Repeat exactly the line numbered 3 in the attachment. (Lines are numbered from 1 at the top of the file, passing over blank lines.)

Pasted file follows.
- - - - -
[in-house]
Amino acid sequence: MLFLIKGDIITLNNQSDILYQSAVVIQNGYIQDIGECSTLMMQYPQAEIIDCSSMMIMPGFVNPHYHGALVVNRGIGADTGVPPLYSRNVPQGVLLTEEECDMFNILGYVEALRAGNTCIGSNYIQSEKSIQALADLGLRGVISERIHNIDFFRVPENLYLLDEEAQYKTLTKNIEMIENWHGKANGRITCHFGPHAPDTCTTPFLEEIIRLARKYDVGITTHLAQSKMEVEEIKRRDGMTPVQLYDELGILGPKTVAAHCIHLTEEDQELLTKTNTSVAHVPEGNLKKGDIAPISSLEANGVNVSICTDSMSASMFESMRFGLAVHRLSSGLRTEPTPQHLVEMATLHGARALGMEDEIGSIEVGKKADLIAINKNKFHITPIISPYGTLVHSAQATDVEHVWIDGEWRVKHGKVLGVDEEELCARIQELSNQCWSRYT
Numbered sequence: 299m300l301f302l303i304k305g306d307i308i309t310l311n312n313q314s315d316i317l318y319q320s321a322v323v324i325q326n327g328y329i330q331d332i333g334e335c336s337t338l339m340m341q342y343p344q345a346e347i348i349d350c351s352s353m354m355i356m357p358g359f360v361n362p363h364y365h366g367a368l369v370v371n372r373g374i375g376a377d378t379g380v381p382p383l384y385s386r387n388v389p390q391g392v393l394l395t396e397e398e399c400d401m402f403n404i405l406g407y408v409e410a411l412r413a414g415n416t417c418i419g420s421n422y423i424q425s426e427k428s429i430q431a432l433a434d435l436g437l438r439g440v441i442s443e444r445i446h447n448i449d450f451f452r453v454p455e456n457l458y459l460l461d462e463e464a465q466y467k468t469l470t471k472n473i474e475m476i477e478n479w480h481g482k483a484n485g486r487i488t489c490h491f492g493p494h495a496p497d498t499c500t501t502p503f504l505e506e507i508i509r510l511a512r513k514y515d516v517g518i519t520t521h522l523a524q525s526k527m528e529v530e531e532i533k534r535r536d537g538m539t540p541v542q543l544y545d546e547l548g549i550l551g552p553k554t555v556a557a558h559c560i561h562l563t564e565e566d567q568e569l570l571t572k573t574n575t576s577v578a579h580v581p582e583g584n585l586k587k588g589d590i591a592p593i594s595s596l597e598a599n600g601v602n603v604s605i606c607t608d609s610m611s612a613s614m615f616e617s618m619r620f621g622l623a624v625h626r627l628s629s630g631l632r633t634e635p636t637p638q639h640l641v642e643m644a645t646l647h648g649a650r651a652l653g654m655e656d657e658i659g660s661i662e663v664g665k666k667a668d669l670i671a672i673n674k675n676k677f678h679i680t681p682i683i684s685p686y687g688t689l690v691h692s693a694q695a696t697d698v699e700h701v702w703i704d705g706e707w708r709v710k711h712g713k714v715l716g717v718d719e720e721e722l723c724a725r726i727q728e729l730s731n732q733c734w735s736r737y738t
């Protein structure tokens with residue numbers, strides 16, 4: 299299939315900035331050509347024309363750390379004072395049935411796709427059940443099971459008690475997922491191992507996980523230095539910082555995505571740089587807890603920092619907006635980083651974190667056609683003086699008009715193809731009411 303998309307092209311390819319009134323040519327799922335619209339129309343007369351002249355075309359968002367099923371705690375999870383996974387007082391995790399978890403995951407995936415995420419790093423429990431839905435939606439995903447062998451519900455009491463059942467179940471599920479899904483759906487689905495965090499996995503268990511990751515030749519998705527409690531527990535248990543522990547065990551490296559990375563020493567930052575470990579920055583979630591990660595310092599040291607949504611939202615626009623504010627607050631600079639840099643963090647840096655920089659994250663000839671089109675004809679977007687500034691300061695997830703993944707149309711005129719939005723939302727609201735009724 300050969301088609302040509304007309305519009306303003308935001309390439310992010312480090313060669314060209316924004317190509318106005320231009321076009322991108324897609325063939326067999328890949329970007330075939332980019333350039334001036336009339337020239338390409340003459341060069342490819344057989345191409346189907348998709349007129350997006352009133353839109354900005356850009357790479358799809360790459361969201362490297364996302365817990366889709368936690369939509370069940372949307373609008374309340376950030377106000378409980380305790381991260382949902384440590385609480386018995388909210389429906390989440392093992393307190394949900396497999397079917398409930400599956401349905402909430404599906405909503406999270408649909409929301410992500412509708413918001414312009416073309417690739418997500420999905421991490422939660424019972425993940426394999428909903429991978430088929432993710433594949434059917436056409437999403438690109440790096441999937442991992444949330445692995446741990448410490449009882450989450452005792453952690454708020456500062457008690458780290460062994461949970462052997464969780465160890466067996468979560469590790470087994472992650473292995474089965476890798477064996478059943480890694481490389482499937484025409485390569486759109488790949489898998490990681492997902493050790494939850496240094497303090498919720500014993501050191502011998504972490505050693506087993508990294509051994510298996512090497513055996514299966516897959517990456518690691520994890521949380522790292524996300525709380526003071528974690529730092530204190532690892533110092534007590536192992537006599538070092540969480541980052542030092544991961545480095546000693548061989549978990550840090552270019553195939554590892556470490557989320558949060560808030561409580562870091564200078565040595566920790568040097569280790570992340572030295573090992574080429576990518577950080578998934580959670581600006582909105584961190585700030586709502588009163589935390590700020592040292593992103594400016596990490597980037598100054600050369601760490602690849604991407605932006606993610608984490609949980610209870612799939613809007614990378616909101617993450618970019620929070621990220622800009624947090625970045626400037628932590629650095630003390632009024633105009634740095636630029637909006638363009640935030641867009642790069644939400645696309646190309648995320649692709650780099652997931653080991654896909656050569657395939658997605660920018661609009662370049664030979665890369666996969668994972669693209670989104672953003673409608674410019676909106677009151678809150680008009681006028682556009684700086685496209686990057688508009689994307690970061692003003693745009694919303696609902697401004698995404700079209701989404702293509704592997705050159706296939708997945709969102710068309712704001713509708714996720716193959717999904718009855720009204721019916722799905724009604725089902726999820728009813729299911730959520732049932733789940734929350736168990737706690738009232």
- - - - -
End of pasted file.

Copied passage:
Numbered sequence: 299m300l301f302l303i304k305g306d307i308i309t310l311n312n313q314s315d316i317l318y319q320s321a322v323v324i325q326n327g328y329i330q331d332i333g334e335c336s337t338l339m340m341q342y343p344q345a346e347i348i349d350c351s352s353m354m355i356m357p358g359f360v361n362p363h364y365h366g367a368l369v370v371n372r373g374i375g376a377d378t379g380v381p382p383l384y385s386r387n388v389p390q391g392v393l394l395t396e397e398e399c400d401m402f403n404i405l406g407y408v409e410a411l412r413a414g415n416t417c418i419g420s421n422y423i424q425s426e427k428s429i430q431a432l433a434d435l436g437l438r439g440v441i442s443e444r445i446h447n448i449d450f451f452r453v454p455e456n457l458y459l460l461d462e463e464a465q466y467k468t469l470t471k472n473i474e475m476i477e478n479w480h481g482k483a484n485g486r487i488t489c490h491f492g493p494h495a496p497d498t499c500t501t502p503f504l505e506e507i508i509r510l511a512r513k514y515d516v517g518i519t520t521h522l523a524q525s526k527m528e529v530e531e532i533k534r535r536d537g538m539t540p541v542q543l544y545d546e547l548g549i550l551g552p553k554t555v556a557a558h559c560i561h562l563t564e565e566d567q568e569l570l571t572k573t574n575t576s577v578a579h580v581p582e583g584n585l586k587k588g589d590i591a592p593i594s595s596l597e598a599n600g601v602n603v604s605i606c607t608d609s610m611s612a613s614m615f616e617s618m619r620f621g622l623a624v625h626r627l628s629s630g631l632r633t634e635p636t637p638q639h640l641v642e643m644a645t646l647h648g649a650r651a652l653g654m655e656d657e658i659g660s661i662e663v664g665k666k667a668d669l670i671a672i673n674k675n676k677f678h679i680t681p682i683i684s685p686y687g688t689l690v691h692s693a694q695a696t697d698v699e700h701v702w703i704d705g706e707w708r709v710k711h712g713k714v715l716g717v718d719e720e721e722l723c724a725r726i727q728e729l730s731n732q733c734w735s736r737y738t